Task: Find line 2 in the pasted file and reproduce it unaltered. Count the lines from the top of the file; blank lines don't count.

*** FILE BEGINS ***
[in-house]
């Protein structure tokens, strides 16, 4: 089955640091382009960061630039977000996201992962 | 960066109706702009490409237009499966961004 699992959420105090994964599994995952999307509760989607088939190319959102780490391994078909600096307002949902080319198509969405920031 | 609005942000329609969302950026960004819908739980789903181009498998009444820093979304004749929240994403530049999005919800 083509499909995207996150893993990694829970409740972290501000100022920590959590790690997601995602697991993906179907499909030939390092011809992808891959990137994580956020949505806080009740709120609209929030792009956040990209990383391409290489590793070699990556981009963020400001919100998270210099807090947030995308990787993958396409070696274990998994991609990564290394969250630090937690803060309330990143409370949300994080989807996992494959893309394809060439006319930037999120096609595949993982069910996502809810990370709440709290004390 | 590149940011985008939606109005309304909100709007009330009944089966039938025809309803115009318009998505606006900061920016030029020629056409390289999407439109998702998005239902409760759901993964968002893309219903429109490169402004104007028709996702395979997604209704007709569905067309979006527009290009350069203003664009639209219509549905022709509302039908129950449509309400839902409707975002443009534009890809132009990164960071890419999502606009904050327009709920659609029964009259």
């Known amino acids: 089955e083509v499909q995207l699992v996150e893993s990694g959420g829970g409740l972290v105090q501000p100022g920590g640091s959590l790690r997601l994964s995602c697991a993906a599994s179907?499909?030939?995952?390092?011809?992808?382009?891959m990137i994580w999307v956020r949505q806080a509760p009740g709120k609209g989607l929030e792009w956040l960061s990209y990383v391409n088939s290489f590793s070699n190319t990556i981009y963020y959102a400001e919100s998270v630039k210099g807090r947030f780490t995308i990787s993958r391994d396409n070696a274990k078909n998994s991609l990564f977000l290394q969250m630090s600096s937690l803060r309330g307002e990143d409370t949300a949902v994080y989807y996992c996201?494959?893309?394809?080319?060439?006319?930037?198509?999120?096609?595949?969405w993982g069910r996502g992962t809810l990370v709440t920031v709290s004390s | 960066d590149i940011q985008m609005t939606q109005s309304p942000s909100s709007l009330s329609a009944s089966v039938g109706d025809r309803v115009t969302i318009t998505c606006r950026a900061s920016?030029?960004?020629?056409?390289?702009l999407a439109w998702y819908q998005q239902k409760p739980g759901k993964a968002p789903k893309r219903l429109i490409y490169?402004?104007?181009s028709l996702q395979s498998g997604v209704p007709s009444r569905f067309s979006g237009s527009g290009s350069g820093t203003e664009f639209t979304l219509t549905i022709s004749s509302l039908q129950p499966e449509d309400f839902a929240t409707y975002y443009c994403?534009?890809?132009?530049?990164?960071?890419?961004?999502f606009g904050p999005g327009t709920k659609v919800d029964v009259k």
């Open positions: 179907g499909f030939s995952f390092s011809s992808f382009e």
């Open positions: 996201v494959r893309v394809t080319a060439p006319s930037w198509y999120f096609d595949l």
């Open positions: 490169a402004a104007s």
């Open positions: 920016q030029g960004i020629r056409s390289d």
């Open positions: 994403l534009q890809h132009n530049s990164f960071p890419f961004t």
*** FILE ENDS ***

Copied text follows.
């Protein structure tokens, strides 16, 4: 089955640091382009960061630039977000996201992962 | 960066109706702009490409237009499966961004 699992959420105090994964599994995952999307509760989607088939190319959102780490391994078909600096307002949902080319198509969405920031 | 609005942000329609969302950026960004819908739980789903181009498998009444820093979304004749929240994403530049999005919800 083509499909995207996150893993990694829970409740972290501000100022920590959590790690997601995602697991993906179907499909030939390092011809992808891959990137994580956020949505806080009740709120609209929030792009956040990209990383391409290489590793070699990556981009963020400001919100998270210099807090947030995308990787993958396409070696274990998994991609990564290394969250630090937690803060309330990143409370949300994080989807996992494959893309394809060439006319930037999120096609595949993982069910996502809810990370709440709290004390 | 590149940011985008939606109005309304909100709007009330009944089966039938025809309803115009318009998505606006900061920016030029020629056409390289999407439109998702998005239902409760759901993964968002893309219903429109490169402004104007028709996702395979997604209704007709569905067309979006527009290009350069203003664009639209219509549905022709509302039908129950449509309400839902409707975002443009534009890809132009990164960071890419999502606009904050327009709920659609029964009259």